Are Dads Blowing It?
Chances are, you’re more disappointed with your dad than you are with your mom. Why is that? Are most fathers bad at their job?
Today is Father’s Day, and, of course, they made mention of it at church. On both Father’s Day and Mother’s Day, parents are celebrated. But not until the pastor says a word to those who are not happy on these holidays.
On Mother’s Day it’s usually something like, “Our hearts go out to those ladies who are heartbroken because they wish they had children.”
But they don’t say that on Father’s Day. For the men, the disclaimer is usually more like the one I heard today. “Many of you had terrible fathers.”
I don’t think I’ve ever heard them say that on Mother’s Day. If they did, few could relate. Most people think their mother is amazing. If the camera zooms in on a football player, it’s always, “Hi Mom!” Never “Hey Dad!” Those big, tough, specimens of masculinity, given the opportunity to give a shout out to just one parent, will always pick mom—even at the risk of being teased as a mama’s boy.
Ask a man about his father, and very often the response begins with, “Well, he was a man with some serious flaws. He wasn’t a perfect dad by any means, but I still love him. He did the best he could … in his own way.”
Ask about his mom and you just get, “She’s amazing.”
So many people have such disappointing fathers that the term “daddy issues” is a catchphrase in our culture. I don’t think I’ve ever heard someone complain that their life is messed up because of mommy issues.
Why is this?
The Burden of Breadwinning
No doubt there are multiple reasons. Men have the relentless burden of providing for the family. This requires not only a great number of hours working outside the home but also a mindset focused on career. It’s impossible to do that and compete with the amount of attention a stay-at-home mom can give to the kids.
And women are more relational and family-oriented than men by God’s design. So the parenting role comes more naturally to women than to men. Fathers have to be told not to exasperate their children (Ephesians 6:4). The writers of Scripture felt no need to give women a similar instruction.
This is not to say being a good mom is easy for women—any more than winning an Olympic gold medal is easy for world-class athletes. It’s still hard work, but it’s work they succeed at because of the way God designed them.
Another explanation may have to do with the different roles mothers and fathers play. Mothers are there for nurture, which is very easy to understand and appreciate. No one can kiss a skinned elbow and dry your tears like mom. Not to mention her feeding you, dressing you, helping you with every struggle you have, and attending to you all day long. Even for a child, it takes about one second to think of a hundred wonderful things mom has done for them.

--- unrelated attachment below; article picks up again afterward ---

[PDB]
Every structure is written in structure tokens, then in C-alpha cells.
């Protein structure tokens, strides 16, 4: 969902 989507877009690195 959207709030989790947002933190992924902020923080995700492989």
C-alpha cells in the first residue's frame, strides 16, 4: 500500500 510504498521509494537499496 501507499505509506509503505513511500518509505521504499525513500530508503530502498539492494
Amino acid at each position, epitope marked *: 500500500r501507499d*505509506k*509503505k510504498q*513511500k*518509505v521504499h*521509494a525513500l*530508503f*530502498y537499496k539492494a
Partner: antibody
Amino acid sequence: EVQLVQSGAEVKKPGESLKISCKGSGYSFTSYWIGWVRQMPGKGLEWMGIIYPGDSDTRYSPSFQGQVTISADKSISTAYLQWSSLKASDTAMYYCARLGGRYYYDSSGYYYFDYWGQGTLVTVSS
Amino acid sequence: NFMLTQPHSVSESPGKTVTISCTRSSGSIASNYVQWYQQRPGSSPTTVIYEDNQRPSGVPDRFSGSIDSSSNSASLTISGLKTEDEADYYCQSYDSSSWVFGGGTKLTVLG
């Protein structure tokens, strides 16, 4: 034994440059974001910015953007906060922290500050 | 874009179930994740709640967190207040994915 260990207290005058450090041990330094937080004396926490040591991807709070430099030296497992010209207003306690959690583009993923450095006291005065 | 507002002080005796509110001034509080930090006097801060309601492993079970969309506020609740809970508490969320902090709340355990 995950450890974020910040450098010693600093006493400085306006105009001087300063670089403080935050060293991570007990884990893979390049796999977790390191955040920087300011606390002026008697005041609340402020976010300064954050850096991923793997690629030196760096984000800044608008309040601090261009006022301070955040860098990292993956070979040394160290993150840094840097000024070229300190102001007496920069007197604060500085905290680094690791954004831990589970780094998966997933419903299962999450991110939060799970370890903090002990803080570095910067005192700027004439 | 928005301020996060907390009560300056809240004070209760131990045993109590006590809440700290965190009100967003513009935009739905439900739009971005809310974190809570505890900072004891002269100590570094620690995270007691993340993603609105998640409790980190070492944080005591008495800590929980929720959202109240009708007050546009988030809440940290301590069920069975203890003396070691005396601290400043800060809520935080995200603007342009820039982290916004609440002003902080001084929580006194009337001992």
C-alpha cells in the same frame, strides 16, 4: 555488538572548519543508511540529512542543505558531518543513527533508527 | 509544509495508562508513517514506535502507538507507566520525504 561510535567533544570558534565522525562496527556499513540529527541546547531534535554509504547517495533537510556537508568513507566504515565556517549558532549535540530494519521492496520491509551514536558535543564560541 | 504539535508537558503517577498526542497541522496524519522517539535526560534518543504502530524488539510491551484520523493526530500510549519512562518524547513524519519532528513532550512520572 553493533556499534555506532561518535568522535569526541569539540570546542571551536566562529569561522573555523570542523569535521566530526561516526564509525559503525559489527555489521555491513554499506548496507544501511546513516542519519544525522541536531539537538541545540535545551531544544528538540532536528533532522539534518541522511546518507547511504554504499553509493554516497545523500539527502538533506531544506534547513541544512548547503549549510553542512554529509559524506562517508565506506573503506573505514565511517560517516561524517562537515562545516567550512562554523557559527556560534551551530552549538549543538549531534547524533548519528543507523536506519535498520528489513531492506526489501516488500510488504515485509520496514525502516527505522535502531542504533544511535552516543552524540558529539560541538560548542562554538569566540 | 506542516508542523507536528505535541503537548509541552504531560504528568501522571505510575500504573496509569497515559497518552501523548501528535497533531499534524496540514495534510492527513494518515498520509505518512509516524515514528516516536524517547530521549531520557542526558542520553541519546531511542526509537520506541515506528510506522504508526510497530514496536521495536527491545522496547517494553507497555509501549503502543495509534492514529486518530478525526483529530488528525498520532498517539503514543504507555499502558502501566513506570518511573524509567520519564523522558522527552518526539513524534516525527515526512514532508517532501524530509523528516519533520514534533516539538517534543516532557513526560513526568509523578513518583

Dad’s role is often less tangible. Paying the bills, providing safety and stability in the home, and administering strong discipline are crucial, but not as easy to appreciate or even notice.
Discontent by Design?
Perhaps you could add to the list of reasons people usually have more complaints about dad than about mom. I would suggest one more.
Could it be that fatherhood is such a marvelous reality that God made our appetite for it insatiable? Maybe we are unsatisfied with our fathers partly because of their failings and partly because God designed us to desire more from them than human fathers can give.
Most people are satisfied with what they received from their mother, but unsatisfied with what they got from dad. This may have as much to do with the child’s needs and desires as it does with the father’s failings.
Fatherhood is such an unspeakably marvelous reality, the benefits that can come from an ideal father are so incredibly valuable that when any of them are lacking it can cause lifelong damage. Could it be that God designed all of us to crave an ideal father-child relationship so deeply that our longings can never be satisfied by even the best human father?
Why does the New Testament make so much of the fact that God relates to us as a father? Of all the amazing titles for God in prayer—Lord, King, Master, Holy One, Ancient of Days, Creator—Jesus taught us to pray, “Abba, Father.” There are many facets to our relationship with God, but the one Scripture emphasizes the most, by far, is the father-child relationship.
There are so many things God wants us to seek from him as our Father, so many elements of his fatherhood he wants us to enjoy, perhaps it was necessary to plant within us a craving so deep that no human father could satisfy it, lest we become overly contented and lose our desperation to find true fatherhood.
I can’t say with certainty why fathers fall short more often than mothers. But I can say this—every disappointment you have with your dad points to a God-given need in your soul for something only God can truly provide.
Sometimes people tell preachers not to say too much about the fatherhood of God because people with terrible fathers can’t relate to it. I disagree. In some ways, people with bad fathers have the deepest understanding of all about true fatherhood. Who can appreciate the value of something more than the person who has felt the agony of being deprived of that thing?
If you have experienced pain because of things your father did wrong, the very fact that feels so wrong to you is proof God has built into your soul a knowledge of the way fatherhood ought to be. And no one can take greater delight in experiencing God’s perfect fatherhood than you.
Happy Father’s Day.
(For a sermon on the topic of God’s fatherhood, click here)